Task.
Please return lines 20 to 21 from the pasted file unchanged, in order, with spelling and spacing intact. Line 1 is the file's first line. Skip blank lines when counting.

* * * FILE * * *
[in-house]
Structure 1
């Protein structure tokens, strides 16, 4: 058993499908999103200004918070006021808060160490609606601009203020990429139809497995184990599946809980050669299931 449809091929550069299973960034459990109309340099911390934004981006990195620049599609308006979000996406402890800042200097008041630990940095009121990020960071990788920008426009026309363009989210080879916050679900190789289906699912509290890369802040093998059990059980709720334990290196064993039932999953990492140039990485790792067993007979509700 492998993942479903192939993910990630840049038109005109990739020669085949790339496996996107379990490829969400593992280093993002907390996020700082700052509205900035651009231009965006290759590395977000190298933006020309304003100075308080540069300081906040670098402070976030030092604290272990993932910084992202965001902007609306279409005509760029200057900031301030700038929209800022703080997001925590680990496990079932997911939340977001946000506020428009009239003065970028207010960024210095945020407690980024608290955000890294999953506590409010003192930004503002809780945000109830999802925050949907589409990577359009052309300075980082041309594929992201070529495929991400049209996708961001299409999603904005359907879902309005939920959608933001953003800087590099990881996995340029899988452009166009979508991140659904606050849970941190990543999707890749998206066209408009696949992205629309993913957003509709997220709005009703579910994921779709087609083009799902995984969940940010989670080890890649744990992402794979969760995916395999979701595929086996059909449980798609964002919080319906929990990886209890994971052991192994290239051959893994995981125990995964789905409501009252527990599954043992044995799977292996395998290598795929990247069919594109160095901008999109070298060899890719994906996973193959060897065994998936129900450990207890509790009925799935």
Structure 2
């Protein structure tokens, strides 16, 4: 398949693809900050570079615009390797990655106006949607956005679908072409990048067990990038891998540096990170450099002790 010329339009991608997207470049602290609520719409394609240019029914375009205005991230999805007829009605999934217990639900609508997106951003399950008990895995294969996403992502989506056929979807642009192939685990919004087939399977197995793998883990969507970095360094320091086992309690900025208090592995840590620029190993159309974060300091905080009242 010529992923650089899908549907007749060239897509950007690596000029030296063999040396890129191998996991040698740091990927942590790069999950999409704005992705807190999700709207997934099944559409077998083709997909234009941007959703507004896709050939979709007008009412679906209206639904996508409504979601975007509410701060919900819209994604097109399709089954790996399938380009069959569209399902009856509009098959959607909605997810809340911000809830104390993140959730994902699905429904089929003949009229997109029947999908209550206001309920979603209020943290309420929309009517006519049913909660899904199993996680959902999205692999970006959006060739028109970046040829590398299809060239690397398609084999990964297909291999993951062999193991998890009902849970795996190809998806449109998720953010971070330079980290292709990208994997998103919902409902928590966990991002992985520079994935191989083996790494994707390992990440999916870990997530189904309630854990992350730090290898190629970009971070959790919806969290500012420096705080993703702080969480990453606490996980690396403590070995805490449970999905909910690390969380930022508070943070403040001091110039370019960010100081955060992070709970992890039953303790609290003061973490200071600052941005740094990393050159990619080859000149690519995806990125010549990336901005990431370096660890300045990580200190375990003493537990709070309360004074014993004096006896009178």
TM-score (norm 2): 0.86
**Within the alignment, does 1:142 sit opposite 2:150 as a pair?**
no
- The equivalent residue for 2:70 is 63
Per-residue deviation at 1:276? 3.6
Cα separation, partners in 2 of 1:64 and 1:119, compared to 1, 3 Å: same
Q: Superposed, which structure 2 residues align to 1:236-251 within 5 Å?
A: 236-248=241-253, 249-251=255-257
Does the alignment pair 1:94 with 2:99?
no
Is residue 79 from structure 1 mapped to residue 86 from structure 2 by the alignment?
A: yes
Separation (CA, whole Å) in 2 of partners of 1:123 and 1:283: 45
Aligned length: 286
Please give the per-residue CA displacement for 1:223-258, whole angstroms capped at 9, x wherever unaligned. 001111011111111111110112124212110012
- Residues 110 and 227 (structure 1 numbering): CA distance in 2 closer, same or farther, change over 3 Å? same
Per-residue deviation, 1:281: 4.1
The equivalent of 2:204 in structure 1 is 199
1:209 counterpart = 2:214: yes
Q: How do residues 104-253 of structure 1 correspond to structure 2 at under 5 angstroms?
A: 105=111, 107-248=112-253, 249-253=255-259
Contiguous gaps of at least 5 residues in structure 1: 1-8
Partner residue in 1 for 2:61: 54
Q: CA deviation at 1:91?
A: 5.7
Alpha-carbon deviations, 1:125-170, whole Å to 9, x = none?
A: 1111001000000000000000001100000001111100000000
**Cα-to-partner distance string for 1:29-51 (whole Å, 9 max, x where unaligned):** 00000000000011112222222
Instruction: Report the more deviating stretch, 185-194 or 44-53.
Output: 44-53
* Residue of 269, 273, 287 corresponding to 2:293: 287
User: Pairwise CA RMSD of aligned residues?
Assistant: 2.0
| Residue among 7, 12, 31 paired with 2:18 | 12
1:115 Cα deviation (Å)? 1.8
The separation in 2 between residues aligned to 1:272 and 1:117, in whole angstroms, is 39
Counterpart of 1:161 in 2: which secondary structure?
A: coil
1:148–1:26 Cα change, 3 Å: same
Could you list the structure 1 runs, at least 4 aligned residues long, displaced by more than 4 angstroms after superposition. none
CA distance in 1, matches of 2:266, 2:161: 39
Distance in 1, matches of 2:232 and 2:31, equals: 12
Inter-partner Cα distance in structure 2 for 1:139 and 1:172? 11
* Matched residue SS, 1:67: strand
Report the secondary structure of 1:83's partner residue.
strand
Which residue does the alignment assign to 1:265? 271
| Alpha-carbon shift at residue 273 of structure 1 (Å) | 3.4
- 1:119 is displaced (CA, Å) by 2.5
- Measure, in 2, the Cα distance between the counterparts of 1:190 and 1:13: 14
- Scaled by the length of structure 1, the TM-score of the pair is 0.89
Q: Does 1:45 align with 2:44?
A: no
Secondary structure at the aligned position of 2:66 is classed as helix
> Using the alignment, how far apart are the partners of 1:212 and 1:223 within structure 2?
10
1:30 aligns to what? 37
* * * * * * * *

Please give the per-residue CA displacement for 1:223-258, whole angstroms capped at 9, x wherever unaligned. 001111011111111111110112124212110012
- Residues 110 and 227 (structure 1 numbering): CA distance in 2 closer, same or farther, change over 3 Å? same